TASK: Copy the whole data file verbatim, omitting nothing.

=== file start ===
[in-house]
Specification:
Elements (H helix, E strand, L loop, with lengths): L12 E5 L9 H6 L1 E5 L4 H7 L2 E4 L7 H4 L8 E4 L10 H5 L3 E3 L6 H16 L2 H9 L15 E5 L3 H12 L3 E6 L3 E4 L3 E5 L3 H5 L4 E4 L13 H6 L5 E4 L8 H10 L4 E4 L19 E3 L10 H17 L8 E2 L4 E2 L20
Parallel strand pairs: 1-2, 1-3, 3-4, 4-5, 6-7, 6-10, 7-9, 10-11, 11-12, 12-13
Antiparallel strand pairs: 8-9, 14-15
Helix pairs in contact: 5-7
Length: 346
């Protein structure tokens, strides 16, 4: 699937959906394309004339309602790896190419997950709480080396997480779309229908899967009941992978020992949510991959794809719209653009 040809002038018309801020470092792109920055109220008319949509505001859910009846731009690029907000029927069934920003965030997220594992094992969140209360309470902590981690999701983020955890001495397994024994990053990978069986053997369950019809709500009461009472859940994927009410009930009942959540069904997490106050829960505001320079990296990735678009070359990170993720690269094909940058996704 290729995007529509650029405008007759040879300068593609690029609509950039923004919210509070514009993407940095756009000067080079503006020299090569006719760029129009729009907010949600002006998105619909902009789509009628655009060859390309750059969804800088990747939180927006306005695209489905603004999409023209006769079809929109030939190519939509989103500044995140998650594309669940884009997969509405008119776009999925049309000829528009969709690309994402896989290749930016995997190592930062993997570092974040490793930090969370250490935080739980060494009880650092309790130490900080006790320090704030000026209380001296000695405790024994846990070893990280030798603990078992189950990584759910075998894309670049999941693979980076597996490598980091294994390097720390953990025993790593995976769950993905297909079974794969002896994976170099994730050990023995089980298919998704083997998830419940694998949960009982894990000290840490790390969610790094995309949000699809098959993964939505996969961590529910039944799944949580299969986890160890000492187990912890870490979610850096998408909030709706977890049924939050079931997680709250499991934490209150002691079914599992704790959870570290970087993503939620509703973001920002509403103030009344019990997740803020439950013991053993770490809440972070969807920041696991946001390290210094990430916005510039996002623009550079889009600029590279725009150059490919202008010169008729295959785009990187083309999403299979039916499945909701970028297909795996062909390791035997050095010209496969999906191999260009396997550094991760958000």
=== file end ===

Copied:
[in-house]
Specification:
Elements (H helix, E strand, L loop, with lengths): L12 E5 L9 H6 L1 E5 L4 H7 L2 E4 L7 H4 L8 E4 L10 H5 L3 E3 L6 H16 L2 H9 L15 E5 L3 H12 L3 E6 L3 E4 L3 E5 L3 H5 L4 E4 L13 H6 L5 E4 L8 H10 L4 E4 L19 E3 L10 H17 L8 E2 L4 E2 L20
Parallel strand pairs: 1-2, 1-3, 3-4, 4-5, 6-7, 6-10, 7-9, 10-11, 11-12, 12-13
Antiparallel strand pairs: 8-9, 14-15
Helix pairs in contact: 5-7
Length: 346
């Protein structure tokens, strides 16, 4: 699937959906394309004339309602790896190419997950709480080396997480779309229908899967009941992978020992949510991959794809719209653009 040809002038018309801020470092792109920055109220008319949509505001859910009846731009690029907000029927069934920003965030997220594992094992969140209360309470902590981690999701983020955890001495397994024994990053990978069986053997369950019809709500009461009472859940994927009410009930009942959540069904997490106050829960505001320079990296990735678009070359990170993720690269094909940058996704 290729995007529509650029405008007759040879300068593609690029609509950039923004919210509070514009993407940095756009000067080079503006020299090569006719760029129009729009907010949600002006998105619909902009789509009628655009060859390309750059969804800088990747939180927006306005695209489905603004999409023209006769079809929109030939190519939509989103500044995140998650594309669940884009997969509405008119776009999925049309000829528009969709690309994402896989290749930016995997190592930062993997570092974040490793930090969370250490935080739980060494009880650092309790130490900080006790320090704030000026209380001296000695405790024994846990070893990280030798603990078992189950990584759910075998894309670049999941693979980076597996490598980091294994390097720390953990025993790593995976769950993905297909079974794969002896994976170099994730050990023995089980298919998704083997998830419940694998949960009982894990000290840490790390969610790094995309949000699809098959993964939505996969961590529910039944799944949580299969986890160890000492187990912890870490979610850096998408909030709706977890049924939050079931997680709250499991934490209150002691079914599992704790959870570290970087993503939620509703973001920002509403103030009344019990997740803020439950013991053993770490809440972070969807920041696991946001390290210094990430916005510039996002623009550079889009600029590279725009150059490919202008010169008729295959785009990187083309999403299979039916499945909701970028297909795996062909390791035997050095010209496969999906191999260009396997550094991760958000």